Copper prices reached two-year highs overnight in a buying frenzy triggered by worries over strikes and supplies from top producer Chile and flooding in China.

Benchmark copper on the London Metal Exchange (LME) was up 2.5 per cent at $US6,572 a tonne at 1602 GMT.

Prices of the metal used widely in the power and construction industries earlier touched $US6,633 a tonne, its highest level since June 2018 and up more than 50 per cent since hitting four-year lows in March.

“Miners at Antofagasta’s Zaldivar mine in Chile voting to strike provided a tailwind to disruptions at Codelco due to COVID-19,” said ING analyst Wenyu Yao.

“Antofagasta’s Centinela mine will soon conclude voting on whether to accept a wage offer or go on strike, which is another upside risk for copper.”

Codelco, the world’s largest copper producer, and other miners in Chile have altered shift patterns, suspended upgrades and smelter operations in an effort to stop the spread of the new coronavirus.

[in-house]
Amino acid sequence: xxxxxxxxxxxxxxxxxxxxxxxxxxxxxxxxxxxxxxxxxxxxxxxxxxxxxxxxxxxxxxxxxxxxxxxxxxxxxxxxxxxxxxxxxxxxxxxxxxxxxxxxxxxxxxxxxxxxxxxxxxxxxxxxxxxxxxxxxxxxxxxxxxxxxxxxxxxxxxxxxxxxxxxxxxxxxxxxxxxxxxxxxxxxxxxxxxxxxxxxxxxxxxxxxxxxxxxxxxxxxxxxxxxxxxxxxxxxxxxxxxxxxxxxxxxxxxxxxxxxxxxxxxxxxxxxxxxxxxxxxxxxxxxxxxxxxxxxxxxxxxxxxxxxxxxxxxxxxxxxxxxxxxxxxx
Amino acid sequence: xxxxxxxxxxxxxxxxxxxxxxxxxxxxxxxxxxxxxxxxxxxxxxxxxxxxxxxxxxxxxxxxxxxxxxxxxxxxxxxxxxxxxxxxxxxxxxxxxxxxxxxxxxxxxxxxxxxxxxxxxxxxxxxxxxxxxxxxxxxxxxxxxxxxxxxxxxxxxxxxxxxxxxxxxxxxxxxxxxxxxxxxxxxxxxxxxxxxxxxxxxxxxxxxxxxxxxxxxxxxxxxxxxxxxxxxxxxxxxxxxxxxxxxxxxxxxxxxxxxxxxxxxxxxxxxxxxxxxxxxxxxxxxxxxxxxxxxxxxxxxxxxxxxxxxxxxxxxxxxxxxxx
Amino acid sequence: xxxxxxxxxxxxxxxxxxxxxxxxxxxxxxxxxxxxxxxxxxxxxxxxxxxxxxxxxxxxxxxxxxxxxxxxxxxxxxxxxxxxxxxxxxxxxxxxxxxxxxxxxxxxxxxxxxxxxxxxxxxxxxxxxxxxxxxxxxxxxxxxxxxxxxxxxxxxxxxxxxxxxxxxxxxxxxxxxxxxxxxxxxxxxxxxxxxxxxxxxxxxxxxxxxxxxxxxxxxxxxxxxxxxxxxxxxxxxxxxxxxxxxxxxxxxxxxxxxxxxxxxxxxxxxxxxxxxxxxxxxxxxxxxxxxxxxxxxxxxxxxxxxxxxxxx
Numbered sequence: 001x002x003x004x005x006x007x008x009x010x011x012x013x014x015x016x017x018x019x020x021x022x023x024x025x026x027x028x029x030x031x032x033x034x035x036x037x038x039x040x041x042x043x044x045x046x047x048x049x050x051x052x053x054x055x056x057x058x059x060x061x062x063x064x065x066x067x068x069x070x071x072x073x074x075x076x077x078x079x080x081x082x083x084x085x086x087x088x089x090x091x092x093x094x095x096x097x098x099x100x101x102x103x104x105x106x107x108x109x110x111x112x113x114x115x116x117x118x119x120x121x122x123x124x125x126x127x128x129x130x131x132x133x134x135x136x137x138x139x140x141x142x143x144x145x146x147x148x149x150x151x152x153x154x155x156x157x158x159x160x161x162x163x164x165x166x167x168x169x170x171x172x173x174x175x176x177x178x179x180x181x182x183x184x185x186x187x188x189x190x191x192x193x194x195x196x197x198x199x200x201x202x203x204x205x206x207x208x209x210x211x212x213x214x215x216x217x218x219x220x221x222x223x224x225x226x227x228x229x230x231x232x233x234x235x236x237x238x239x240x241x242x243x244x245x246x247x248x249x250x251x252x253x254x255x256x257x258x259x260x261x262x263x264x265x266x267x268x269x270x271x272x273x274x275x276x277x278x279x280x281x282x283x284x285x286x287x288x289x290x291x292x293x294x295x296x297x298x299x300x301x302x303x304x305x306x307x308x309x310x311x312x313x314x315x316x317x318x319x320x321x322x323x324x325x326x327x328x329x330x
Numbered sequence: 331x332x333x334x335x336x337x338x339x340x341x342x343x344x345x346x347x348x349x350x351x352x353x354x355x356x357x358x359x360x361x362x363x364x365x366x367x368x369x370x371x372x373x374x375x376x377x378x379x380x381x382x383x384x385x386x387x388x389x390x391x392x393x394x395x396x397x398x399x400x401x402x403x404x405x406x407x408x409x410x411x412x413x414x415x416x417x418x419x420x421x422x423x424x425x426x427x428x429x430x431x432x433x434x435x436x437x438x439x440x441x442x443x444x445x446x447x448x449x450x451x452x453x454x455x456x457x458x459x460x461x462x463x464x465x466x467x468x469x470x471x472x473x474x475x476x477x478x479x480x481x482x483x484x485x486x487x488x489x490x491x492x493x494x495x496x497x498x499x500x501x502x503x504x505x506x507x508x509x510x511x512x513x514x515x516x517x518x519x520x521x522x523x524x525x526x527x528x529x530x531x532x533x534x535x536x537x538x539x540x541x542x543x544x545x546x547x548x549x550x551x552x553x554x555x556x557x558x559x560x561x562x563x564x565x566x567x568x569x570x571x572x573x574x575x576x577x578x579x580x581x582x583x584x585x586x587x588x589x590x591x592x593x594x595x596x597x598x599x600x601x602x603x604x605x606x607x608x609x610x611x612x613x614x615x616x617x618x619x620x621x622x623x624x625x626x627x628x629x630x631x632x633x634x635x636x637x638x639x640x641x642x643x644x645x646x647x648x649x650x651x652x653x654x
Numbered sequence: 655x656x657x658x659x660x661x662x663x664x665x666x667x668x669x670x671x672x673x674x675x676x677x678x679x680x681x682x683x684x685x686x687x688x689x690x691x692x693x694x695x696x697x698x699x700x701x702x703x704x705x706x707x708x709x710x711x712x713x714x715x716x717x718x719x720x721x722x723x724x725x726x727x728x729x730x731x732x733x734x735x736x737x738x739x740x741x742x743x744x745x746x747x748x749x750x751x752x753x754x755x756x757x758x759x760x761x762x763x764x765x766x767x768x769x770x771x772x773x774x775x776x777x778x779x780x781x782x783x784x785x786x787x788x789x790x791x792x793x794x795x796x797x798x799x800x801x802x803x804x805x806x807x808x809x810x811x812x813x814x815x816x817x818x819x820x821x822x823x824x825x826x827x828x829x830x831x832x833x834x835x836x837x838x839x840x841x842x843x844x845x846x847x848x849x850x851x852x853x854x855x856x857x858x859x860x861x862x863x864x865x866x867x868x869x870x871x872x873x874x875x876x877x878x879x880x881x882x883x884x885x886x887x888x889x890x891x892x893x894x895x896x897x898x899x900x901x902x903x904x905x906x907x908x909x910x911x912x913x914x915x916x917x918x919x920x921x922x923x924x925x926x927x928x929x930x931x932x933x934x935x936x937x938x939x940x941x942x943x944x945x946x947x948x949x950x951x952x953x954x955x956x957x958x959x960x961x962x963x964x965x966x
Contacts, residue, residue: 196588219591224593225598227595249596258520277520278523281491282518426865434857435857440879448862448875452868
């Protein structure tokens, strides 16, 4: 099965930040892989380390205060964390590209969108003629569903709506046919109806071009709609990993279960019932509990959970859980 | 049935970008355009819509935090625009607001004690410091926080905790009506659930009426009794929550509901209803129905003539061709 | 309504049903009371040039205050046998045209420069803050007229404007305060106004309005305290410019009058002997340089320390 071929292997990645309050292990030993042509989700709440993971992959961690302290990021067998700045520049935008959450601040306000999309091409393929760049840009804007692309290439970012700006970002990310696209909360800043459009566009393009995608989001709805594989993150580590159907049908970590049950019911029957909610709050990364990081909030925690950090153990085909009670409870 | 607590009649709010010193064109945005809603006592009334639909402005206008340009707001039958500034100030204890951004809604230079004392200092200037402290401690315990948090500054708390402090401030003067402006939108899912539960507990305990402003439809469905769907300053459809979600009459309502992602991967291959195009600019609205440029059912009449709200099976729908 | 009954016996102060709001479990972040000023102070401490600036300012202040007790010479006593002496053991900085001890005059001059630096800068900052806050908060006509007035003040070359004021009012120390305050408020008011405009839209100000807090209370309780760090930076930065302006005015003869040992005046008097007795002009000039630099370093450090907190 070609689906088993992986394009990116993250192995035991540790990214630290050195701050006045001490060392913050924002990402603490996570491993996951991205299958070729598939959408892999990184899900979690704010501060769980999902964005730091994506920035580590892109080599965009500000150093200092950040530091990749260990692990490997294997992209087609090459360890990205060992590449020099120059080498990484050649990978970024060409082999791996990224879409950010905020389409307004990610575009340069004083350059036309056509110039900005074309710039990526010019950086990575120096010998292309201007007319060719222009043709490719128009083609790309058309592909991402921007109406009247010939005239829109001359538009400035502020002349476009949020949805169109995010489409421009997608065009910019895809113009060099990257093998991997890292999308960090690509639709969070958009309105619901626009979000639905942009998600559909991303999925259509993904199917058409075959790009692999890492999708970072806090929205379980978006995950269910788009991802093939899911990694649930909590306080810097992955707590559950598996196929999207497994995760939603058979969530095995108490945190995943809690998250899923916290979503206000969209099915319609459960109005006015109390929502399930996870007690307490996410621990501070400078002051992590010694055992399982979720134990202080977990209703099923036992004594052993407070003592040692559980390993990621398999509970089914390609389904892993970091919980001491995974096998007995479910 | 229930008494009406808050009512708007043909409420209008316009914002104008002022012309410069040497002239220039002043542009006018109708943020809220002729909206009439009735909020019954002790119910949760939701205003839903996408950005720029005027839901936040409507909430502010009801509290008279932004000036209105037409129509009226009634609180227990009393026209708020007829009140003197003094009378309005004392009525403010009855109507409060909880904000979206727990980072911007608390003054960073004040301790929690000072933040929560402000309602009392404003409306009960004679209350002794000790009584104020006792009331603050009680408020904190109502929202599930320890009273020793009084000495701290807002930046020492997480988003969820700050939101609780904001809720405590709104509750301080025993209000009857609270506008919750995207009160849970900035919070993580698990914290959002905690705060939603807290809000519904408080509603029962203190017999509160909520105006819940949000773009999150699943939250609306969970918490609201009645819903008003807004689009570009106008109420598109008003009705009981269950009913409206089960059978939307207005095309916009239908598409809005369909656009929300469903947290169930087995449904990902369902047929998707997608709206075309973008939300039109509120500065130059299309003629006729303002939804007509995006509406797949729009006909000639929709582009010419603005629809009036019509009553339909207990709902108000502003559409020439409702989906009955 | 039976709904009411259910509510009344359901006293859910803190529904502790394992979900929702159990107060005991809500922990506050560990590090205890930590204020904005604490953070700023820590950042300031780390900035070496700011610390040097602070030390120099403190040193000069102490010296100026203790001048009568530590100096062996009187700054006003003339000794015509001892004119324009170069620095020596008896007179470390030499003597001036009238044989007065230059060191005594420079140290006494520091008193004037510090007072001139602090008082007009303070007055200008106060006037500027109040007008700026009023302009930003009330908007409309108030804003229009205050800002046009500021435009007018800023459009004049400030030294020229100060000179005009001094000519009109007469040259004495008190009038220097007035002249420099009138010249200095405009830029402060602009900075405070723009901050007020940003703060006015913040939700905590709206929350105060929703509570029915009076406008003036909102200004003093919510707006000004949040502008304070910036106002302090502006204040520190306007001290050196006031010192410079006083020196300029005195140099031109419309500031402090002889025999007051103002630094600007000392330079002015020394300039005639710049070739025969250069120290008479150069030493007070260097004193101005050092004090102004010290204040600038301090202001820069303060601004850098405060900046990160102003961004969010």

Traders are worried that flooding in China’s Jiangxi province could eventually affect copper production.

Jiangxi Copper, one of the country’s biggest copper producers, has so far been largely unaffected by the floods because most of its transportation is by rail.

Much of the buying in base metals markets is by funds in China and elsewhere, jumping on the uptrend of recent days.

Clues to demand prospects will come from Chinese urban investment, house prices and industrial production data on Thursday.

Worries about supplies on the LME market in the face of falling stocks and cancelled warrants – metal earmarked for delivery – pushed cash copper’s premium over the three-month contract to a 14-month high above $US11 a tonne.

Between May 2019 and June 2020 the cash contract mostly traded at a discount.

Aluminium was up 0.1 per cent at $US1,691 a tonne, zinc gained 2.9 per cent to $US2,257, lead rose 1.4 per cent to $US1,881, tin climbed 0.4 per cent to $US17,380 and nickel added 1.5 per cent to $US13,715.